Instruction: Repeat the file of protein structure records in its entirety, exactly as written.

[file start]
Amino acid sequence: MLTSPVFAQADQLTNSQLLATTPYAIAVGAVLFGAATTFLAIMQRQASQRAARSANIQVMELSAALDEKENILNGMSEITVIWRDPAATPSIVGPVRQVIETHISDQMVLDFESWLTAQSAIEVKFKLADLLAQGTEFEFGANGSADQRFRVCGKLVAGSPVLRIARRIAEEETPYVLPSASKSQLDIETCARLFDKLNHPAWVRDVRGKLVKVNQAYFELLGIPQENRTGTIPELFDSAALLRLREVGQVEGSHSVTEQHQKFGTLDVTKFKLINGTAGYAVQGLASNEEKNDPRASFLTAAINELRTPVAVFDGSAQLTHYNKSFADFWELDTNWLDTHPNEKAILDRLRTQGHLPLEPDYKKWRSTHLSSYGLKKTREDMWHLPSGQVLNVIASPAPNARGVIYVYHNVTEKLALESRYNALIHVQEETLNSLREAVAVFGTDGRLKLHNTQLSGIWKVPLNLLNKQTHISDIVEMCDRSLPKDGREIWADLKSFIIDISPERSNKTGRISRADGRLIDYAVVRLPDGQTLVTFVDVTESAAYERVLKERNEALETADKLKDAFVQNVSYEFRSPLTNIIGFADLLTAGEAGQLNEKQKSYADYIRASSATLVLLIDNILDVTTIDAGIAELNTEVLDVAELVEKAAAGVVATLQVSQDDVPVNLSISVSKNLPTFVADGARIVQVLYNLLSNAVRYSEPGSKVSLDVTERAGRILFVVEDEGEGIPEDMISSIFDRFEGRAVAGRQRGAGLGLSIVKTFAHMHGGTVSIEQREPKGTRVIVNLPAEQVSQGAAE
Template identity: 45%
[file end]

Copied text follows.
Amino acid sequence: MLTSPVFAQADQLTNSQLLATTPYAIAVGAVLFGAATTFLAIMQRQASQRAARSANIQVMELSAALDEKENILNGMSEITVIWRDPAATPSIVGPVRQVIETHISDQMVLDFESWLTAQSAIEVKFKLADLLAQGTEFEFGANGSADQRFRVCGKLVAGSPVLRIARRIAEEETPYVLPSASKSQLDIETCARLFDKLNHPAWVRDVRGKLVKVNQAYFELLGIPQENRTGTIPELFDSAALLRLREVGQVEGSHSVTEQHQKFGTLDVTKFKLINGTAGYAVQGLASNEEKNDPRASFLTAAINELRTPVAVFDGSAQLTHYNKSFADFWELDTNWLDTHPNEKAILDRLRTQGHLPLEPDYKKWRSTHLSSYGLKKTREDMWHLPSGQVLNVIASPAPNARGVIYVYHNVTEKLALESRYNALIHVQEETLNSLREAVAVFGTDGRLKLHNTQLSGIWKVPLNLLNKQTHISDIVEMCDRSLPKDGREIWADLKSFIIDISPERSNKTGRISRADGRLIDYAVVRLPDGQTLVTFVDVTESAAYERVLKERNEALETADKLKDAFVQNVSYEFRSPLTNIIGFADLLTAGEAGQLNEKQKSYADYIRASSATLVLLIDNILDVTTIDAGIAELNTEVLDVAELVEKAAAGVVATLQVSQDDVPVNLSISVSKNLPTFVADGARIVQVLYNLLSNAVRYSEPGSKVSLDVTERAGRILFVVEDEGEGIPEDMISSIFDRFEGRAVAGRQRGAGLGLSIVKTFAHMHGGTVSIEQREPKGTRVIVNLPAEQVSQGAAE
Template identity: 45%